An MBA is a fast ticket to a salary bump, a promotion, or a career change. But with thousands of business schools offering the degrees, and many claiming to be a 'top' program, how can you pick the right one for you?
Rankings remain both a loved and loathed method of weighing up MBA courses. Bloomberg Businessweek has just released its latest list of American-only MBAs, which is among the most respected and trusted globally.
The US-based magazine surveyed 26,699 current MBA students, alumni, and recruiters this year to compile the ranking, which is based on their responses as well as compensation and job placement data from the 100 schools ranked in 2018. Bloomberg will publish an international MBA ranking on December 11th this year, but US schools usually come first in such lists.
Stanford Graduate School of Business in California came up trumps in this year’s US-only list, topping the ranking for the first time in its 30-year history. That’s a rise of four places from fifth in 2017. But Bloomberg has reshaped its methodology and therefore has not provided a comparison with previous years’ lists.
Wharton School came second place in 2018, Harvard Business School came third (it was first for the three previous years under the old methodology), and MIT Sloan School of Management and the University of Chicago Booth School of Business completed the top-five.
The new ranking was compiled after a presumably exhaustive trip by the magazine’s editors to 15 schools this year and interviews with deans, professors, and administrators at 43 schools. Bloomberg said in a news post: “Ultimately, schools, students, alumni, and the companies that hire MBAs are the best judges of the programs.”
As a result of the change, there were several wild swings in schools’ positions under the new ranking when compared with last year. The University of Virginia’s Darden School of Business rose by eight places to rank ninth, and Georgetown McDonough surged by 15 places to rank number 20.
On the other hand, Duke University’s Fuqua School of Business fell nine places to rank number 15. And Dartmouth College’s Tuck School of Business fell 12 places to 19. In most other rankings, Tuck and Duke are considered to be among or near the top-10 US schools.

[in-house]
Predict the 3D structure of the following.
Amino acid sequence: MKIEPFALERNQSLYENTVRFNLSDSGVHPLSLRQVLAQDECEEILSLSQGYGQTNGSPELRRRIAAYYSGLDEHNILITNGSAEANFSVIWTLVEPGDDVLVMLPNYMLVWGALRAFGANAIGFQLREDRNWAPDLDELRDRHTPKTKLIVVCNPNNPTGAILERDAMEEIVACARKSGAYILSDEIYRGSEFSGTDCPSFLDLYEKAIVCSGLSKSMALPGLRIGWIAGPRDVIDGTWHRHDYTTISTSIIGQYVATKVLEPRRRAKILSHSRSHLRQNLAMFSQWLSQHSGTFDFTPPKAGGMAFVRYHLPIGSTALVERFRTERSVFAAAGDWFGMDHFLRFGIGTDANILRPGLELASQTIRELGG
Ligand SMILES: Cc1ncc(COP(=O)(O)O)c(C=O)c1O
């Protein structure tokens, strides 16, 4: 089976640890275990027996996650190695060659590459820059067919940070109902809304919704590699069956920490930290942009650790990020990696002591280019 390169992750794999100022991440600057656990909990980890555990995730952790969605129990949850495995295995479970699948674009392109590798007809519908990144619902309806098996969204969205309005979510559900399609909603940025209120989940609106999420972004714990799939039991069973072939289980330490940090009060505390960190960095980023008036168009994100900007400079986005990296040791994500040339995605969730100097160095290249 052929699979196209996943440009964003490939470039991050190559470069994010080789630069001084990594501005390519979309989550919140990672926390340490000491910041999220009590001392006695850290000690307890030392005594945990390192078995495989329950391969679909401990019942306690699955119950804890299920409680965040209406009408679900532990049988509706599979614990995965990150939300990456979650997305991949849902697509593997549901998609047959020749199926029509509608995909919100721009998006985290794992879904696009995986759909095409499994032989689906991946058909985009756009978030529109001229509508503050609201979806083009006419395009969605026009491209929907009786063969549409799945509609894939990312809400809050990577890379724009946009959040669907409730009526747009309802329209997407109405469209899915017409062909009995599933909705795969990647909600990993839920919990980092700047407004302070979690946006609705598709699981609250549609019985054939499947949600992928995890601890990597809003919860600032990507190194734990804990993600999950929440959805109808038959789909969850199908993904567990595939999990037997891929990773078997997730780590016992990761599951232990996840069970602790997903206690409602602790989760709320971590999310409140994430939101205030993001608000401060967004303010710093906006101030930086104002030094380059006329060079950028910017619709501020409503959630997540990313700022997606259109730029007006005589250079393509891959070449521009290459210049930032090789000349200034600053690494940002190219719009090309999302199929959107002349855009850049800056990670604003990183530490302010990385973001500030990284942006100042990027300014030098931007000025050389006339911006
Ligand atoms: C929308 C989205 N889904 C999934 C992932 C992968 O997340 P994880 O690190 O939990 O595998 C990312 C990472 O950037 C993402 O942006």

The Bloomberg methodology places most weight on compensation (38.5%) followed by networking (27.9%), learning (23.1%), and entrepreneurship (10.5%).
The latter will be a boon for some business schools which have in recent years complained (at least in private) that the increase in MBAs founding startups could damage their coveted place in rankings because the salaries can be low at first. The Wall Street Journal’s upcoming new MBA ranking is also expected to try to measure entrepreneurial skills, as well as the social impact of MBA graduates.
Stanford’s first place can be put down to its superior score on all fronts bar learning'. The Silicon Valley-based school scored 100 for compensation, networking and entrepreneurship, but only 77.3 for the quality of its learning.
In each school’s Bloomberg profile page there is now new information on the school’s 'climate' for international students and minorities, such as women or those with disabilities. That could be useful for determining a cohort’s tolerance towards certain groups.
The 2018 list is considerably different to the one first published in 1998. Back then, Northwestern’s Kellogg School of Management was ranked first, and its MBAs were landing salaries of just $53,031. Today, Kellogg is at number eight and Stanford first, with the latter’s graduates making astronomical salaries as high as $150,000 in finance, media, and consulting.
What might the rankings look like 30 years from now, and what could inflation do to salaries?
Post your thoughts in the comments box below: